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Updated on September 28, 2022

7 Types of Drugs Explained (+ Examples)

The seven different types of drugs are categorized based on their effects. Each type of drug has its own set of characteristics and dangers.

Pharmacologists group drugs into different categories depending on how they affect the body after use. Some drugs slow down bodily functions, while others speed them up.

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Stimulants 

Stimulants increase activity in the central nervous system. The increased brain activity can make you feel like you’re speeding up. 

Stimulants can increase your heart rate, blood pressure, and levels of alertness. These drugs typically come in pill form. However, they can also be eaten, drank, or snorted. 

Doctors usually prescribe stimulants for ADHD and narcolepsy. Stimulants can also help with weight loss as they can reduce appetite.

Some examples of stimulants include:

  • Adderall
  • Ritalin
  • Synthetic marijuana
  • Cocaine
  • Methamphetamine
  • Ecstasy
  • Caffeine

Associated Risks

Students or athletes can abuse these substances to improve their performance. When abused, stimulants can lead to a variety of unwanted consequences.

These effects can include:

  • Anxiety
  • Paranoia
  • Psychosis
  • High body temperature
  • Depression
  • Heart failure
  • Stroke
  • Seizures

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Opioids

Opioids are powerful painkillers that can give you a sense of euphoria. Doctors typically prescribe opioids to people experiencing severe pain. 

These drugs can reduce pain perception and cause drowsiness. Other effects include confusion, nausea, and constipation. 

Opioids can be injected or consumed as pills. 

Here are a few examples of opioids:

  • Heroin
  • Morphine
  • Hydrocodone
  • Opium
  • Norco
  • OxyContin
  • Percocet
  • Codeine

Associated Risks

Opioid abuse can ruin a person’s life. Because it’s highly addictive, it can get a person addicted in just a few days. In rare cases, it’s possible to become addicted after one dose.

When someone decides to stop opioid use, they can struggle with withdrawal. Withdrawal symptoms include:

  • Nausea
  • Vomiting
  • Diarrhea
  • Anxiety
  • Inability to sleep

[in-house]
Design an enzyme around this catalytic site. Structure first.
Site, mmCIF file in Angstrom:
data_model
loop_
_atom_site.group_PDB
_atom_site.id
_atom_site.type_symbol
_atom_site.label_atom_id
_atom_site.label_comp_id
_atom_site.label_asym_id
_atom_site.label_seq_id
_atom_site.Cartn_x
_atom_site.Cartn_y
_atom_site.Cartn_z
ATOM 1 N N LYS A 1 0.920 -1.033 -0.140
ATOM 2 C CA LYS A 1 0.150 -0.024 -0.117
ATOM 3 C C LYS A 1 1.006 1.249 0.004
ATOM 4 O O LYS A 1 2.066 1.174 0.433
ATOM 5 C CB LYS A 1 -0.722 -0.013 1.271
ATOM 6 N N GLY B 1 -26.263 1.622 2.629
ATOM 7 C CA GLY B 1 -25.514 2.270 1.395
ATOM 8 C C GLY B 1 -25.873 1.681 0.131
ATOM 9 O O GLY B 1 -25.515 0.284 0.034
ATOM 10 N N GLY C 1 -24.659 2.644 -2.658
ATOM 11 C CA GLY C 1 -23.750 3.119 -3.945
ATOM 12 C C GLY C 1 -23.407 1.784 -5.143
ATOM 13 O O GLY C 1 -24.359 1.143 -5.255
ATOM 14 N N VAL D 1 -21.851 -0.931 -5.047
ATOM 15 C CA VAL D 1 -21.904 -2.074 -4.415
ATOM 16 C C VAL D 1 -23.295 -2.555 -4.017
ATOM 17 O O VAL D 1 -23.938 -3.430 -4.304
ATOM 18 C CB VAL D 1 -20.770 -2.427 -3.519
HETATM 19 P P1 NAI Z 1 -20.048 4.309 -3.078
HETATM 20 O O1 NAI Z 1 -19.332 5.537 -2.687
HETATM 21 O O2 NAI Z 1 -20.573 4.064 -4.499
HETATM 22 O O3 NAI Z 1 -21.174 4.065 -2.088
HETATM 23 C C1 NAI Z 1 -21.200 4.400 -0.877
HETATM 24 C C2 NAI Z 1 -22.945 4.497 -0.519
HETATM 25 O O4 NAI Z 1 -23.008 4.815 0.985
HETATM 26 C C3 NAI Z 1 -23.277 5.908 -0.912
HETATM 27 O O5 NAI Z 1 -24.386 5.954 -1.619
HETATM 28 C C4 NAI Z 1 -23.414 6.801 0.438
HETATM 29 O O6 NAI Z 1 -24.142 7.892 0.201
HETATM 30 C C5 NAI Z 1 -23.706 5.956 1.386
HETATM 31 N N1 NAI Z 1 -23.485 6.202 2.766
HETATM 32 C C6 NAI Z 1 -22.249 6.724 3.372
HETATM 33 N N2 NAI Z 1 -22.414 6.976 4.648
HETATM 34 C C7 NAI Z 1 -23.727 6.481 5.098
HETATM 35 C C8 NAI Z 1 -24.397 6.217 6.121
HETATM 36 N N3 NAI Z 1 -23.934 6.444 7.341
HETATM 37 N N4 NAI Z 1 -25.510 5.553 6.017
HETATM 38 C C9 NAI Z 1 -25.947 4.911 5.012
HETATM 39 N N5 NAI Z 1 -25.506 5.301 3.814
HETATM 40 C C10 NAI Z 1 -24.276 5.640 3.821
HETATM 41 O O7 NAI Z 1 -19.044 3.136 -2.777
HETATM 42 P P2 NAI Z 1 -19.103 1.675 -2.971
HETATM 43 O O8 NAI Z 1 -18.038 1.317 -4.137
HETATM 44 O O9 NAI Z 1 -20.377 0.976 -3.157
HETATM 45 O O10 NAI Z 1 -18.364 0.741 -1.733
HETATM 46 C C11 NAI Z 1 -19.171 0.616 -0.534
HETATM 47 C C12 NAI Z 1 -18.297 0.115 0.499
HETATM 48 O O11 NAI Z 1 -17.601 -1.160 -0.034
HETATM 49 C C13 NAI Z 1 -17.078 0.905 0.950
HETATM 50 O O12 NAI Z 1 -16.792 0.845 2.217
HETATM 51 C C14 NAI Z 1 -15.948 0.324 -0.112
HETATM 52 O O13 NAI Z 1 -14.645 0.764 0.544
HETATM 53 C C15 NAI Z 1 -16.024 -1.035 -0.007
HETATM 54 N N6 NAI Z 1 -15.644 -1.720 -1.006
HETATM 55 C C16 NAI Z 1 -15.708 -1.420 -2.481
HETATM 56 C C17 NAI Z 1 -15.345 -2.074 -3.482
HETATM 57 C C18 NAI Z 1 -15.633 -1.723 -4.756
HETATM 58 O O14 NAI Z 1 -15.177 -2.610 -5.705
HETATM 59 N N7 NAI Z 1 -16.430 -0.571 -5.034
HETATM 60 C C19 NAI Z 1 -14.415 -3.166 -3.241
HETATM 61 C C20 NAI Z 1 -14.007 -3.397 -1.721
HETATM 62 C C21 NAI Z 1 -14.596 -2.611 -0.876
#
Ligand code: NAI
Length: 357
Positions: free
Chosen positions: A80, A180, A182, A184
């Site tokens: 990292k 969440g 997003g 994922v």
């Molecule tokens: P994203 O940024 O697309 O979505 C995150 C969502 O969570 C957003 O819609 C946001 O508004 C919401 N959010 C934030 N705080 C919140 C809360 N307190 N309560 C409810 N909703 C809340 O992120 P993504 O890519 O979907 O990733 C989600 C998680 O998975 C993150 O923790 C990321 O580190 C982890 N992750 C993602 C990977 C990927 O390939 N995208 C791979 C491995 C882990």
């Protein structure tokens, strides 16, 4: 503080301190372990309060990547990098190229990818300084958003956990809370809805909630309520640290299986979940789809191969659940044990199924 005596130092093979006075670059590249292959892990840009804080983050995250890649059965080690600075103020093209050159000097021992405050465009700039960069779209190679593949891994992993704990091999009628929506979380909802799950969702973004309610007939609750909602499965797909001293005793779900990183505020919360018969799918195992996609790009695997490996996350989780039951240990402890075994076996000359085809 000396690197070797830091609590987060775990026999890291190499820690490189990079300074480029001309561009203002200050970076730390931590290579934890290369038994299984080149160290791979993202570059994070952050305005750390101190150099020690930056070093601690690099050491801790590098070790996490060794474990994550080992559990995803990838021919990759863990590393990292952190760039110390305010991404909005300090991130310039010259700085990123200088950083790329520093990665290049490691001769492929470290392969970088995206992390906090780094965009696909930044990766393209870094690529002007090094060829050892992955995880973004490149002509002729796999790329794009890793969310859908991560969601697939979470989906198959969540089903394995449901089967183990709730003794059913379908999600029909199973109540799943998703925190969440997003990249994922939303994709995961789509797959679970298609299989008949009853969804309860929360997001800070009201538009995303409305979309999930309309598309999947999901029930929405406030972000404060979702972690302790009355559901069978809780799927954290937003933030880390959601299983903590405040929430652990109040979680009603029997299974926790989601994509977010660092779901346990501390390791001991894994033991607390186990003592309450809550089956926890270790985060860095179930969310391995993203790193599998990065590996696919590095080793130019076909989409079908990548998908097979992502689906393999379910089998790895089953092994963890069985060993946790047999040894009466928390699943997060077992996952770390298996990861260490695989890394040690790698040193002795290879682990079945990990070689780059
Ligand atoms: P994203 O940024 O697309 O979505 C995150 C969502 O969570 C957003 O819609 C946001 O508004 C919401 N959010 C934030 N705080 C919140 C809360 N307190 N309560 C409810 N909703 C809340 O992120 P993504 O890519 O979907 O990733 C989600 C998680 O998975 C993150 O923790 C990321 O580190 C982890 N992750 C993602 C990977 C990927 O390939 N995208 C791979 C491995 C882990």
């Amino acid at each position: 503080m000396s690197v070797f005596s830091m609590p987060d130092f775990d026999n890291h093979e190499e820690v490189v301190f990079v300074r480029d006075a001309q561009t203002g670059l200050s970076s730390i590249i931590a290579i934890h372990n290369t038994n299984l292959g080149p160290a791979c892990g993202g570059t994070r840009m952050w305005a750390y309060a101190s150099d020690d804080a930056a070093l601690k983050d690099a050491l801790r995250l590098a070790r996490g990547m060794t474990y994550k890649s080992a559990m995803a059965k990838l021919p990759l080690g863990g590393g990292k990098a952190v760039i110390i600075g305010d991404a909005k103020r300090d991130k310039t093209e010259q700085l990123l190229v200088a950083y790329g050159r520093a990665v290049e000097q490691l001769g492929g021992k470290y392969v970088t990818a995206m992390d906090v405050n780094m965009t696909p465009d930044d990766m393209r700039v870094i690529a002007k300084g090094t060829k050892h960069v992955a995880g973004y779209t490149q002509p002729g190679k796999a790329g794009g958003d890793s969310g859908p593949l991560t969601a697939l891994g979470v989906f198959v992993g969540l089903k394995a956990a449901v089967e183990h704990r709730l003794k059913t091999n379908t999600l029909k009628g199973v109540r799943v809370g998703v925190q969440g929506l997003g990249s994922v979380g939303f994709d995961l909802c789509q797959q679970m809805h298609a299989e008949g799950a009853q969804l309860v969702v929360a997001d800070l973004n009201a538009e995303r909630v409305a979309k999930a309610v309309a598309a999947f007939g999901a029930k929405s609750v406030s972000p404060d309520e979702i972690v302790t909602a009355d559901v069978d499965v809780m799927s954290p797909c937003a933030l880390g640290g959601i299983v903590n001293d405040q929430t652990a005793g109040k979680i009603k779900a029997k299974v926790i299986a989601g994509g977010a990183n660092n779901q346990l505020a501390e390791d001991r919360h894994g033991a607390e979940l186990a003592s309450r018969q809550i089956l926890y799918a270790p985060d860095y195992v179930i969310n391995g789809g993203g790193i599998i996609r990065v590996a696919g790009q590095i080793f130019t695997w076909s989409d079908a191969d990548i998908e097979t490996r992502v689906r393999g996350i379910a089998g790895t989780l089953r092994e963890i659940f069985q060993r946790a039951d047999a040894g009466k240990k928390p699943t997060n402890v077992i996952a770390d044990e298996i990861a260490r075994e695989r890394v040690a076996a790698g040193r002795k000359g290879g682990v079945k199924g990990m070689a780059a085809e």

• Hot and cold flashes
  • Excessive sweating
  • Muscle cramps
  • Runny nose
  • Watery eyes
  • Sweating

Depressants

Depressants don’t actually make you feel depressed. Like stimulants, they affect the central nervous system and slow down the messages between the brain and the body.

This ‘slowing down’ effect can affect your cognitive and motor functions. It can even slow down your responses to whatever’s happening around you.

The depressant’s sedative effect makes people feel relaxed. Because of this, these drugs are prescribed for anxiety or insomnia. 

Some examples of depressants include:

  • Barbiturates
  • Phenobarbital
  • Pentobarbital
  • Benzodiazepines
  • Xanax
  • Valium
  • Alcohol

Associated Risks

Depressants can be helpful when taken correctly. However, their sedative effects can be tempting for people experiencing stress.

Abusing depressants can cause issues both long and short-term, including:

  • Confusion
  • Dizziness
  • Extreme sleepiness
  • Slowed heart rate
  • Difficulty speaking
  • Inability to concentrate
  • Lack of coordination
  • Labored or shallow breathing
  • Death

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Hallucinogens

​​Hallucinogens work by disrupting brain activity. As the name implies, the drug affects a person’s sensory perceptions, causing hallucinations.

After taking hallucinogens, your senses can be warped or distorted. 

Although research is being done on its medicinal uses, most aren’t prescribed. Some examples of hallucinogens include:

  • Psilocybin (mushrooms)